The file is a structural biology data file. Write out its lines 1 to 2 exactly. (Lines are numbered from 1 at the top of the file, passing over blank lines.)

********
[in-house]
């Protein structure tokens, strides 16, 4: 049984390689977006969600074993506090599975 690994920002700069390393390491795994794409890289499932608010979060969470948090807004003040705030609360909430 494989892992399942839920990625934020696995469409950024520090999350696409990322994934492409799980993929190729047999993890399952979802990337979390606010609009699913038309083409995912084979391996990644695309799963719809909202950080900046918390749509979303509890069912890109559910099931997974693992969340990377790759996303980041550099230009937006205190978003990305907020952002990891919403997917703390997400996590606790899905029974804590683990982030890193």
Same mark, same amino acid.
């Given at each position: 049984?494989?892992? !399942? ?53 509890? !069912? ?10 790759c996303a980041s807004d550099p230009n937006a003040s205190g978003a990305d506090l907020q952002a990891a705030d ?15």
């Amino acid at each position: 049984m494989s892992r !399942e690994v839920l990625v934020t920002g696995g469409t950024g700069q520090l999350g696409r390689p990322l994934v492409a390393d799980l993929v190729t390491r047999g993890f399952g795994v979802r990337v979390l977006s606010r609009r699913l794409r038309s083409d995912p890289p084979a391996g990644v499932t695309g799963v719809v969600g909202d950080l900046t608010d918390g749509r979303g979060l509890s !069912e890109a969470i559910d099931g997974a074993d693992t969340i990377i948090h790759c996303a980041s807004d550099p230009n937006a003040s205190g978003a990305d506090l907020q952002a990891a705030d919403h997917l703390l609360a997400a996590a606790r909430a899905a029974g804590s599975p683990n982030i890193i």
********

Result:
[in-house]
């Protein structure tokens, strides 16, 4: 049984390689977006969600074993506090599975 690994920002700069390393390491795994794409890289499932608010979060969470948090807004003040705030609360909430 494989892992399942839920990625934020696995469409950024520090999350696409990322994934492409799980993929190729047999993890399952979802990337979390606010609009699913038309083409995912084979391996990644695309799963719809909202950080900046918390749509979303509890069912890109559910099931997974693992969340990377790759996303980041550099230009937006205190978003990305907020952002990891919403997917703390997400996590606790899905029974804590683990982030890193």